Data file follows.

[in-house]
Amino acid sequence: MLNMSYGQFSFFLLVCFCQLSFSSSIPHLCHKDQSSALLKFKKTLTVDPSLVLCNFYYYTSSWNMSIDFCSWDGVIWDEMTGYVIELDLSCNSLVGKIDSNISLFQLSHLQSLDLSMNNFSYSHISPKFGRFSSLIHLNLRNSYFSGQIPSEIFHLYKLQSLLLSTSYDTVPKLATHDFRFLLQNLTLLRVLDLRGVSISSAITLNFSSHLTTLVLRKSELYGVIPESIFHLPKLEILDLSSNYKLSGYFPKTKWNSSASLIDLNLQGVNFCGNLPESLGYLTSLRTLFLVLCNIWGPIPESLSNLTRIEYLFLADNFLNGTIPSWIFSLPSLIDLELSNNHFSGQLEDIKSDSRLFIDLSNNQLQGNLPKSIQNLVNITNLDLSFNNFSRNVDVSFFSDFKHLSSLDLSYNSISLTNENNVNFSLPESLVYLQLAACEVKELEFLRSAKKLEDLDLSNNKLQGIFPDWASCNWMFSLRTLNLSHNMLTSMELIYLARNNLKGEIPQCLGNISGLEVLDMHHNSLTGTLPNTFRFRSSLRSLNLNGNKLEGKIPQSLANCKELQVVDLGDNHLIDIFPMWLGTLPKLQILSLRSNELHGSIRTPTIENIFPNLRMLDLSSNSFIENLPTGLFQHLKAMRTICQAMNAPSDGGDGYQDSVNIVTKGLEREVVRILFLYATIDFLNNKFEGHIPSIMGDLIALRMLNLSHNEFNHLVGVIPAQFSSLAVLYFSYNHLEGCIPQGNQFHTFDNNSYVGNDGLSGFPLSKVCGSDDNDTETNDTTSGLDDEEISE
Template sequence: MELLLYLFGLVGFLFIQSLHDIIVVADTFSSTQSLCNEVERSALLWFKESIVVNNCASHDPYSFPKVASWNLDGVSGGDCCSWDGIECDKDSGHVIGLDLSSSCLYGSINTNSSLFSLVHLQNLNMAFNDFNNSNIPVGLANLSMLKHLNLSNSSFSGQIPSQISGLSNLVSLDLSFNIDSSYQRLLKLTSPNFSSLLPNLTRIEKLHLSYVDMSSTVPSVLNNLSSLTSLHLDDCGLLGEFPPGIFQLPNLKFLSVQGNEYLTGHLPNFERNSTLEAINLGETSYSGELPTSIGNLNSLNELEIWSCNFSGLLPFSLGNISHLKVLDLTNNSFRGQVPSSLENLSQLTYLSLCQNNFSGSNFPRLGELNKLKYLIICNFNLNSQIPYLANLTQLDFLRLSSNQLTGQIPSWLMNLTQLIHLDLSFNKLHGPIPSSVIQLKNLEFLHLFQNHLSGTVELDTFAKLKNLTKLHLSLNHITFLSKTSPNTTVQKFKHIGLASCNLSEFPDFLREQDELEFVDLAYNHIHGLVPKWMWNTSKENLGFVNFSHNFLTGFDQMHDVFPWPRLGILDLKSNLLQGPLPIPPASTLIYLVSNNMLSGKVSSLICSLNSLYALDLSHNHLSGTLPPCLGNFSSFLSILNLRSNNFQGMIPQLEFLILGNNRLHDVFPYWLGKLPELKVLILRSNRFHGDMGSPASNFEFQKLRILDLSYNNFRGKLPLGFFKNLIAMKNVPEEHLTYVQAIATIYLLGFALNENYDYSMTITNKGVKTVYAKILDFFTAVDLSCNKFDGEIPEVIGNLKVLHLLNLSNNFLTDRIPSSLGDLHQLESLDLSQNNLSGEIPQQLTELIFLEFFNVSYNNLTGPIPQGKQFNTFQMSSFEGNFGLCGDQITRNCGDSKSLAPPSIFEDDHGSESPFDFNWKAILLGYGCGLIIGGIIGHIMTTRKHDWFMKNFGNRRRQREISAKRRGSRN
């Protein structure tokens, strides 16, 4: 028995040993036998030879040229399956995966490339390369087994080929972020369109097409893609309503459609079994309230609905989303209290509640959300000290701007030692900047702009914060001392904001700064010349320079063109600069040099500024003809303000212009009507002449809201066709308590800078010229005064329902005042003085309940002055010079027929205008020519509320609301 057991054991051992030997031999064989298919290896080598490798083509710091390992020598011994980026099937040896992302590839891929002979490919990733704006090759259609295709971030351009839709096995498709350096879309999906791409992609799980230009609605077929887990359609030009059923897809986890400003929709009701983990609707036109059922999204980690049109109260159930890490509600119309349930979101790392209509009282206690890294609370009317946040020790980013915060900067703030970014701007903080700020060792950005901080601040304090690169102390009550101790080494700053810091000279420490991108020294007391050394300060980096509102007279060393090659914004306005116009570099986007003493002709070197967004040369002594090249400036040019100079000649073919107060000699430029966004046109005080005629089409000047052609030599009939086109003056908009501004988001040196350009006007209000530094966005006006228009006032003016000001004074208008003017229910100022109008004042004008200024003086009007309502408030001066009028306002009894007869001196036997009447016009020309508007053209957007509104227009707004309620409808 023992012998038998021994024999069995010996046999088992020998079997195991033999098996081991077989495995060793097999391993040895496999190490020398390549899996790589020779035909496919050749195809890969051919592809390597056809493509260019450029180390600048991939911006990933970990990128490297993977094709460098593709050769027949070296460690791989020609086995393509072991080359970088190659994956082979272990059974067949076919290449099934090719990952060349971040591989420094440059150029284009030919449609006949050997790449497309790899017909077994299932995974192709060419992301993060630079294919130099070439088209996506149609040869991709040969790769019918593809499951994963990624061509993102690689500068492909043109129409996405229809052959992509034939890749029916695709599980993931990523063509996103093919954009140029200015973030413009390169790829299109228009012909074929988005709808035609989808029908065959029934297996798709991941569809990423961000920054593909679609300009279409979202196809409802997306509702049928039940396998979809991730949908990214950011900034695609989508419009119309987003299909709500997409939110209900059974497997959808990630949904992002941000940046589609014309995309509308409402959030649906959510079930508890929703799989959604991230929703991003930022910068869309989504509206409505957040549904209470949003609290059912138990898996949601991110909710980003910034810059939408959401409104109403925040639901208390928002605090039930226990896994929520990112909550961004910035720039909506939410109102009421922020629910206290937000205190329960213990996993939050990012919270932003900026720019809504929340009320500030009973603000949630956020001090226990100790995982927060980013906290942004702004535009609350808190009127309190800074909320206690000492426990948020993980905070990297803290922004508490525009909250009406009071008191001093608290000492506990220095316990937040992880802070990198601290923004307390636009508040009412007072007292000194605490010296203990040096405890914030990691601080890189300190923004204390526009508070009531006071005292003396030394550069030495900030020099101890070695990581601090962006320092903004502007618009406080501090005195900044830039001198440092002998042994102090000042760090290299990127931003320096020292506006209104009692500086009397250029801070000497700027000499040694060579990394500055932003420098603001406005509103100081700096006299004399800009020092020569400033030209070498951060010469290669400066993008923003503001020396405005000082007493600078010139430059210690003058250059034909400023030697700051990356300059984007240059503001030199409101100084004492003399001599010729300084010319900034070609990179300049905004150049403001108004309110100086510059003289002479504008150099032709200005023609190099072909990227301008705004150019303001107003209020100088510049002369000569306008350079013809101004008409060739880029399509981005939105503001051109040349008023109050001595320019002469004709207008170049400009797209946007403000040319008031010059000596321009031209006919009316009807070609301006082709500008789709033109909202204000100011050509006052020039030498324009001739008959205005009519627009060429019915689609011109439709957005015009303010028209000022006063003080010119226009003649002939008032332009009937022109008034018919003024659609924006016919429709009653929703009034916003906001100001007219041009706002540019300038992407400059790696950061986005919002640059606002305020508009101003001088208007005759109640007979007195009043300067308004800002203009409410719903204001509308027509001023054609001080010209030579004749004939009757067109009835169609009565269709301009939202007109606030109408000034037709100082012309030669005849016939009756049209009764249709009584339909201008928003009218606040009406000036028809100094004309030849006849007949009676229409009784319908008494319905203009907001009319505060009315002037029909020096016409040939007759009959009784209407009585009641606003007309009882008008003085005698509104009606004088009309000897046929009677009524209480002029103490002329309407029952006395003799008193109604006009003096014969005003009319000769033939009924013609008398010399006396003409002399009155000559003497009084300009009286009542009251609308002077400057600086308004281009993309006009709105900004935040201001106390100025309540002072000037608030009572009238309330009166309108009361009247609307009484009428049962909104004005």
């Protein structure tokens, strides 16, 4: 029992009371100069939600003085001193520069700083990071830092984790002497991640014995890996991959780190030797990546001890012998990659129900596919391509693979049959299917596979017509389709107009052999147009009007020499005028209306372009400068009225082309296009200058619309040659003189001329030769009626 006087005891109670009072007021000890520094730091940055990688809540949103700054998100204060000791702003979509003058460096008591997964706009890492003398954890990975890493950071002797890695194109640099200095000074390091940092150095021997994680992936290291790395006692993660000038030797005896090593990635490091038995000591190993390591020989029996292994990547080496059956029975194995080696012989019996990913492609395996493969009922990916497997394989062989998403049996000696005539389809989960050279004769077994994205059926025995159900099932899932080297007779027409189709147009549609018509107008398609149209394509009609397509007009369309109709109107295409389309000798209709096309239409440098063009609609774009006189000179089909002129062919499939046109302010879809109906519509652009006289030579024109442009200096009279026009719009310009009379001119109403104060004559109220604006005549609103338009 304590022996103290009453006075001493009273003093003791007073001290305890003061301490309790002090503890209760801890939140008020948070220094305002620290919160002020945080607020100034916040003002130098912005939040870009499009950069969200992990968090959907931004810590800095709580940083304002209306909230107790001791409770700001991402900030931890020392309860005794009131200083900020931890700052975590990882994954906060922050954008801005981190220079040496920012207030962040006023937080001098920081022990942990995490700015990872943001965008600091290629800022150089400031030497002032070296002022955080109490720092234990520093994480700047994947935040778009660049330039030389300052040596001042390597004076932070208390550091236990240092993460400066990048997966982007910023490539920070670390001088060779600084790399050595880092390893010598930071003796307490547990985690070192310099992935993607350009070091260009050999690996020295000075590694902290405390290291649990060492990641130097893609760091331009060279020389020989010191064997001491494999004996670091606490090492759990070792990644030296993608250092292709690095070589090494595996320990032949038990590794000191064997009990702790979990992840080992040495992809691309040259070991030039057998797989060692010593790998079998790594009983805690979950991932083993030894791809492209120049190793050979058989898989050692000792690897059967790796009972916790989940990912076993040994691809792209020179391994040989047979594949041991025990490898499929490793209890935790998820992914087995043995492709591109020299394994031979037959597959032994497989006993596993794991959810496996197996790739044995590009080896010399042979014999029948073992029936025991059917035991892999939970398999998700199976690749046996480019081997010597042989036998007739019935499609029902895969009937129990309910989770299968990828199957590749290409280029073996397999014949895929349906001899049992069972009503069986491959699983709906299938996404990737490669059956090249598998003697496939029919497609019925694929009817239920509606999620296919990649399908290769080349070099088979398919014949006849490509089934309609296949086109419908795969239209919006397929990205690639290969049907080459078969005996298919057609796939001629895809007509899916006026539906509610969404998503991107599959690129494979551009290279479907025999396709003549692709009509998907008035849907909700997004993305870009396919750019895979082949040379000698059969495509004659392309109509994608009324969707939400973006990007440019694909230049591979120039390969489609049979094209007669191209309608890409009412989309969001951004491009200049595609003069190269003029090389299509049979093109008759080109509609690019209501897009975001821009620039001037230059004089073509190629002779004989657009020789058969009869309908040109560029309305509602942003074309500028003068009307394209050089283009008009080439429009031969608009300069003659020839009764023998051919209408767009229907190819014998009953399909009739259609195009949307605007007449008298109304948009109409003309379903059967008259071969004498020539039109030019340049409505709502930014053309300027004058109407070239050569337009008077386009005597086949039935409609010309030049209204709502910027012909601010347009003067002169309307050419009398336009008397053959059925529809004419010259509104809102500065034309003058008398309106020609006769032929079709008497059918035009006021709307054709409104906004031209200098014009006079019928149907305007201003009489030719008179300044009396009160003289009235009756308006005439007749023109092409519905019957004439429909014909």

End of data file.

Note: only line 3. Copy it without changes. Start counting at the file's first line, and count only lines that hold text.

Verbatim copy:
Template sequence: MELLLYLFGLVGFLFIQSLHDIIVVADTFSSTQSLCNEVERSALLWFKESIVVNNCASHDPYSFPKVASWNLDGVSGGDCCSWDGIECDKDSGHVIGLDLSSSCLYGSINTNSSLFSLVHLQNLNMAFNDFNNSNIPVGLANLSMLKHLNLSNSSFSGQIPSQISGLSNLVSLDLSFNIDSSYQRLLKLTSPNFSSLLPNLTRIEKLHLSYVDMSSTVPSVLNNLSSLTSLHLDDCGLLGEFPPGIFQLPNLKFLSVQGNEYLTGHLPNFERNSTLEAINLGETSYSGELPTSIGNLNSLNELEIWSCNFSGLLPFSLGNISHLKVLDLTNNSFRGQVPSSLENLSQLTYLSLCQNNFSGSNFPRLGELNKLKYLIICNFNLNSQIPYLANLTQLDFLRLSSNQLTGQIPSWLMNLTQLIHLDLSFNKLHGPIPSSVIQLKNLEFLHLFQNHLSGTVELDTFAKLKNLTKLHLSLNHITFLSKTSPNTTVQKFKHIGLASCNLSEFPDFLREQDELEFVDLAYNHIHGLVPKWMWNTSKENLGFVNFSHNFLTGFDQMHDVFPWPRLGILDLKSNLLQGPLPIPPASTLIYLVSNNMLSGKVSSLICSLNSLYALDLSHNHLSGTLPPCLGNFSSFLSILNLRSNNFQGMIPQLEFLILGNNRLHDVFPYWLGKLPELKVLILRSNRFHGDMGSPASNFEFQKLRILDLSYNNFRGKLPLGFFKNLIAMKNVPEEHLTYVQAIATIYLLGFALNENYDYSMTITNKGVKTVYAKILDFFTAVDLSCNKFDGEIPEVIGNLKVLHLLNLSNNFLTDRIPSSLGDLHQLESLDLSQNNLSGEIPQQLTELIFLEFFNVSYNNLTGPIPQGKQFNTFQMSSFEGNFGLCGDQITRNCGDSKSLAPPSIFEDDHGSESPFDFNWKAILLGYGCGLIIGGIIGHIMTTRKHDWFMKNFGNRRRQREISAKRRGSRN